I think more needs to be done in the way of showing the similarities between people groups. For example, compassion, forgiveness and the power of prayer are universal, and those are basically the driving forces of The Covering. Oh, and just enough sexual tension, LOL.

Where can readers buy your book?
White Rose Publishing:
Barnes and

Any last words?
Thanks so much for having me, it was a blast!


At the top of the stairs she heard a low groan and hurried to find Gunnar sitting up with her sheet pooled at his waist.

One large bicep flexed as he kneaded the back of his neck. He looked like a man stumbling out of a dream, and
she watched his expressions change, knowing he was trying to piece together the past day’s events. After a few seconds, he glanced down, peeked under the sheet.

“Where are my clothes?”

“My aunt has them,” Tessa said, stopping inside the door.


“You were sweating. She wanted to keep you—oh.” Tessa quickly covered her eyes when Gunnar started to throw back the sheet.

He stopped. “Give me a break. I don’t have anything you haven’t seen before.”

Tessa let her hands fall to her sides, but her cheeks warmed.

Gunnar cocked a brow. “You’re kidding. You’ve never seen a naked man?”

Tessa tipped her chin. “Of course I have.” On TV.

He snickered. “When?”

When she didn’t answer right away she watched that magnificent face go through several more transformations before coming to the logical conclusion.

“Don’t tell me you’ve never—”

“I don’t sleep around.” Intellectually she comprehended there was no reason to be embarrassed.
Quite the opposite. Yet…

“Never?” He pulled the sheet tighter around him. “Ever?”

Tessa exhaled sharply. “Why does it matter?”

“Our patient is up?” Elaine asked, pushing past a grateful Tessa.

“Where are my clothes?” Gunnar asked her.

“In the wash. You’ll have them back soon enough.”

“I have other clothes in my room.”

Ignoring him, Elaine sat on the edge of the bed and gave him a pat on the cheek. “You had some nap. Do you feel any better?”

Gunnar moved his face away. “I don’t nap.”

“I suppose not. I’d say it was closer to a coma, since it’s Saturday,” she countered.

“Saturday?” Gunnar watched Tessa move to the window. “Saturday,” he repeated.

Elaine regarded him with cool eyes. “Tessa is convinced you have the flu, but I’m not. Are you into anything you shouldn’t be?”

“What are you asking me?” he demanded.

Unruffled, Elaine smoothed the sheets under her hand. “You’ve been basically unconscious for almost a full day. Don’t you find that odd?”

“It’s exhaustion,” he said.

“Tessa’s very worried. She watched over you all night.”

“You didn’t have to do that,” he told Tessa.

Elaine cocked a half smile at him. “Do you need anything?”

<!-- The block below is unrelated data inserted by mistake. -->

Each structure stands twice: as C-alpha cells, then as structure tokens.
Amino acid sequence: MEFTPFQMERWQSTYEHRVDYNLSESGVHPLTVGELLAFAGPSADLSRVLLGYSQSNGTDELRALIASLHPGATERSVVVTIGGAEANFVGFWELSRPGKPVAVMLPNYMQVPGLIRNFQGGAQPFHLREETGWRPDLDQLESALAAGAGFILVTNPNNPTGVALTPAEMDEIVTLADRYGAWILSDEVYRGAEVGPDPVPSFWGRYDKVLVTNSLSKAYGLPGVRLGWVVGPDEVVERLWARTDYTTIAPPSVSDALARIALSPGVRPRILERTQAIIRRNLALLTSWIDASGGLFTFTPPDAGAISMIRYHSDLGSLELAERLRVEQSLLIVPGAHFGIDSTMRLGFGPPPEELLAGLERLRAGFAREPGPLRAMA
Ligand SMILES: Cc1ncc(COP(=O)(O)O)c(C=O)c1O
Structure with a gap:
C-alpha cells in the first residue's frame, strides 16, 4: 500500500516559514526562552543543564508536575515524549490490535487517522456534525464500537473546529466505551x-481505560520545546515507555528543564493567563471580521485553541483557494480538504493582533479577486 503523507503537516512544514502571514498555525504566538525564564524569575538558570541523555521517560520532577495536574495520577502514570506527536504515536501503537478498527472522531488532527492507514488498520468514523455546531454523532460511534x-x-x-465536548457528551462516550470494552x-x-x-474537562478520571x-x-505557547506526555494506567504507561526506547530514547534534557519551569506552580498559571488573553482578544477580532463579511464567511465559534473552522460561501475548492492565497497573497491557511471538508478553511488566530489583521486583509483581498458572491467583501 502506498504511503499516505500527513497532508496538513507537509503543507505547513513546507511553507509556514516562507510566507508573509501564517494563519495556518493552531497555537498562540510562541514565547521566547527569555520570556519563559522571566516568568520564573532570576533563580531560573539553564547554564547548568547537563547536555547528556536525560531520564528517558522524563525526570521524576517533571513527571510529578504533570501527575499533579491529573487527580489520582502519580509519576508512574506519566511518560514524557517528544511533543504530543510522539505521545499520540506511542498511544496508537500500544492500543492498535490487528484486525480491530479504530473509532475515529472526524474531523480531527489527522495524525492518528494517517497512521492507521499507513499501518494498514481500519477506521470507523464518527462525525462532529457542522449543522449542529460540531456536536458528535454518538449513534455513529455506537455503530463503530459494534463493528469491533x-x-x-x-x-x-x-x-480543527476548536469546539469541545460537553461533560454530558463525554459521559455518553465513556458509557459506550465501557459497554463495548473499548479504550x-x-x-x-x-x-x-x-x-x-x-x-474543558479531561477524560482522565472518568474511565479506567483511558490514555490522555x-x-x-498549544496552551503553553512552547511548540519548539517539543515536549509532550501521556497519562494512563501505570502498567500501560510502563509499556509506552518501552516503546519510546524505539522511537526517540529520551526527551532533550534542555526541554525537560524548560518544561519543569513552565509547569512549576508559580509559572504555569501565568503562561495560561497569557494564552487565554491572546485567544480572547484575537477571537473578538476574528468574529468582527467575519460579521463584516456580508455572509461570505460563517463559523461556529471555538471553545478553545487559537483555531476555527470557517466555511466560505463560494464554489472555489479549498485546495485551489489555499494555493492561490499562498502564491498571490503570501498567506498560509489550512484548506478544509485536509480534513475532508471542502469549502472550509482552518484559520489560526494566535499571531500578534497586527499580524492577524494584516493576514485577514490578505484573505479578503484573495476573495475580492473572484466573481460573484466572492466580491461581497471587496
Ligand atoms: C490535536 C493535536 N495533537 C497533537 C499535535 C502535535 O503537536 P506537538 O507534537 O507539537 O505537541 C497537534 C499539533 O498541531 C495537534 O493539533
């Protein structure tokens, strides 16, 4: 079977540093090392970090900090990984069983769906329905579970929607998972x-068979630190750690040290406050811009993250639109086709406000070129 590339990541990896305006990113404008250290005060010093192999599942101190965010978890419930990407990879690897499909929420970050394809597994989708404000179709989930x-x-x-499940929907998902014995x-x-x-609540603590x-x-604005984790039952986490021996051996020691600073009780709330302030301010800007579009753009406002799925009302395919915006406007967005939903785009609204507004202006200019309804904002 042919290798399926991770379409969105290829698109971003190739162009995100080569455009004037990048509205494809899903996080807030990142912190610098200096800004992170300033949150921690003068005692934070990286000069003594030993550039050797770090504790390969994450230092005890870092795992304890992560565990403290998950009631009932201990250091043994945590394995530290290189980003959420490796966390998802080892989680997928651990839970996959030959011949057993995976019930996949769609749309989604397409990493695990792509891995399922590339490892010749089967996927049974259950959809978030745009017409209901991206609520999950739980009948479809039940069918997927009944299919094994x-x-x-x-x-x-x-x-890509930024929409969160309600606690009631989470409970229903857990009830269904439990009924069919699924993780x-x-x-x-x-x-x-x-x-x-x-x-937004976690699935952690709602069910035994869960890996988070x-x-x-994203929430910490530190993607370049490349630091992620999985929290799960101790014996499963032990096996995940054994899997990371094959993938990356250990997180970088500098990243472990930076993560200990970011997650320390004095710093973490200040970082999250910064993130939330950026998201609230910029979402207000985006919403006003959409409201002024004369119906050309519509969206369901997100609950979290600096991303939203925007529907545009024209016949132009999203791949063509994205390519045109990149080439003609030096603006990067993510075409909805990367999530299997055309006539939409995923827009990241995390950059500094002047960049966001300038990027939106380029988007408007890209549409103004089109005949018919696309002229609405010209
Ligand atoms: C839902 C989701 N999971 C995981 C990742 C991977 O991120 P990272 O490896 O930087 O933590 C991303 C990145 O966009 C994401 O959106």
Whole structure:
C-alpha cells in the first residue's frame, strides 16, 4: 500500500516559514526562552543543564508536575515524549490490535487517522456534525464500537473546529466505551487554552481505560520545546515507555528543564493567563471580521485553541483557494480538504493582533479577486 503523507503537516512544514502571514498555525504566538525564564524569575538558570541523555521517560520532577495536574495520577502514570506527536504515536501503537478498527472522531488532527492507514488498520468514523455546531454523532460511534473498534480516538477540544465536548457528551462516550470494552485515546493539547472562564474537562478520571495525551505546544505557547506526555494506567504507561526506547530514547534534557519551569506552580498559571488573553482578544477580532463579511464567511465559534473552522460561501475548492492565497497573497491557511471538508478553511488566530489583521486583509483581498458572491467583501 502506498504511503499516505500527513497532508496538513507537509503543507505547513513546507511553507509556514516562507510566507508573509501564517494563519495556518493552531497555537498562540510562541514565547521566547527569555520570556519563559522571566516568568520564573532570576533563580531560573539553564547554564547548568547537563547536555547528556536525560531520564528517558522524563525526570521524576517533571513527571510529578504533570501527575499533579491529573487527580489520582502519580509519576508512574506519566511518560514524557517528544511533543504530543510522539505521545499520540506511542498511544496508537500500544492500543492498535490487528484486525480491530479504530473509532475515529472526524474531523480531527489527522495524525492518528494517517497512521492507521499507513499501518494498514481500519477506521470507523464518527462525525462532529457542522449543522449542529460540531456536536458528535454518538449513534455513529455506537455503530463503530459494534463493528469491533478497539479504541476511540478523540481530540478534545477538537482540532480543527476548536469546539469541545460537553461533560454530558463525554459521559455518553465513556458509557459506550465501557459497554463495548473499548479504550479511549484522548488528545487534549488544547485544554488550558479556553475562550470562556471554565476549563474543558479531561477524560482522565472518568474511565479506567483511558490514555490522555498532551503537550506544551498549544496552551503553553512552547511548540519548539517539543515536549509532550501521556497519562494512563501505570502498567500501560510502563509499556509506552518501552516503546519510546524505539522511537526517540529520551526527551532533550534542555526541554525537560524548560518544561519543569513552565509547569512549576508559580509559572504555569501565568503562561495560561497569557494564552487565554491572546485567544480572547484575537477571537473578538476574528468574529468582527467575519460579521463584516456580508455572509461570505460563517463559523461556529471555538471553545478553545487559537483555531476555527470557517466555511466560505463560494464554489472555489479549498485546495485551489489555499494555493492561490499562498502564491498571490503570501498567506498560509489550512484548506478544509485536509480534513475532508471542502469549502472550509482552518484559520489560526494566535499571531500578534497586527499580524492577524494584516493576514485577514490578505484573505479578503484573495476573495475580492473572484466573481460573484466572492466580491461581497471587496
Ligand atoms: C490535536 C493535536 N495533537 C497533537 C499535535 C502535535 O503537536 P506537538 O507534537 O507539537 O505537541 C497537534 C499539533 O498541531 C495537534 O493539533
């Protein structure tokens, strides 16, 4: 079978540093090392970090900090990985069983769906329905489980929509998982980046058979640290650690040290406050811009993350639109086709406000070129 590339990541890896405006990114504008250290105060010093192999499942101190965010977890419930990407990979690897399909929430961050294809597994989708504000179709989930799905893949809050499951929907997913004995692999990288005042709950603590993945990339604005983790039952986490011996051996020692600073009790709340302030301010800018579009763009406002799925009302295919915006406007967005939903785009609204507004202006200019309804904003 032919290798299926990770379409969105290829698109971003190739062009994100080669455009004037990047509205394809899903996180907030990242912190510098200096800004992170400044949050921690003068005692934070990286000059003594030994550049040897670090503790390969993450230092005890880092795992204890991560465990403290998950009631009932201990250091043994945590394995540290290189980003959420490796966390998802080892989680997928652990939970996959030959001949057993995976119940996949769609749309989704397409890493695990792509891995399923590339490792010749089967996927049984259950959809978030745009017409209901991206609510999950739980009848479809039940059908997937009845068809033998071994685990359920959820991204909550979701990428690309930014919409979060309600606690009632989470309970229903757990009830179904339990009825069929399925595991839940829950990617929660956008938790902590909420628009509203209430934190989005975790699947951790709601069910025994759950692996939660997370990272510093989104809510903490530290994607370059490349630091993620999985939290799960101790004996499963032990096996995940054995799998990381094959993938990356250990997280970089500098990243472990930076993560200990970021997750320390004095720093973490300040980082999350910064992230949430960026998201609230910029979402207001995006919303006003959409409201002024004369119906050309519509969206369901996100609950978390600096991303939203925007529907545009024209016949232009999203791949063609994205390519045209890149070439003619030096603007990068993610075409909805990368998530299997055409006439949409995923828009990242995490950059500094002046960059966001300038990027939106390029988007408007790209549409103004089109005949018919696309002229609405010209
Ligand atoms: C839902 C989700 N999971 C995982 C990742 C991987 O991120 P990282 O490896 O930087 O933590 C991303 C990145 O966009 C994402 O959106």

“Yeah, my clothes. I want to get up.”

She nodded and pursed her lips. “Well it’s a shame to hide all that, but suit yourself.” With an appreciative lift of brows she walked out, with Tessa following close behind.

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10 Responses to Interview with Dana Pratola, author of “The Covering”

  1. Karen, thanks for being my guest today.

  2. Carolyn Howard-Johnson says:

    I think it’s kind of sad that a question about readers choosing a book or not choosing one because religion is a part of it is kind of sad. If a book is written well, “faith-based” or not, it will be about much more than religion, either pro or con. The human condition will be an essential ingredient.

  3. Dana Pratola says:

    Thanks so much for having me, Margaret =-) Carolyn, I agree. Whatever the subject matter a book has to be well-written or I’m just not interested.

  4. Donna B Snow says:

    LOL What a great review, ladies! That is sooo YOU, Dana! I loved the why – the message behind you’re writing. It’s perfect! God does love us all, but no, the sugary sweet Christian story won’t reach most of the unGodly. But this will. It’s characters like this – real characters – that reach out to the lost. Love the story!
    Donna B Snow recently posted..Inspirational Romance – Cassie’s Wedding Dress

  5. Dana Pratola says:

    Thanks Donna <3

  6. LoRee Peery says:

    Terrific interview, ladies. I remember being so frustrated over Christian romances that never went deep enough. We live in the world. We are in the midst of constant spiritual battles. We are real, and our characters should reflect that reality. Praise Him for choosing us and for the direct prayer link we have because of our faith.

  7. Dana Pratola says:

    You’re right, LoRee. I never really read Inspirationals until coming to White Rose.

  8. cathy brockman says:

    oh my gosh this is awesome i am definetly buying this one

  9. Marianne Evans says:

    A great book by a great author. Dana, keep up the wonderful work!! Loved the post, and can’t wait for more from you my dear. <3

  10. Cheryl Malandrinos says:

    Great interview ladies. Wishing you the best.
    Cheryl Malandrinos recently posted..Guest Blogging Today at Cafe of Dreams!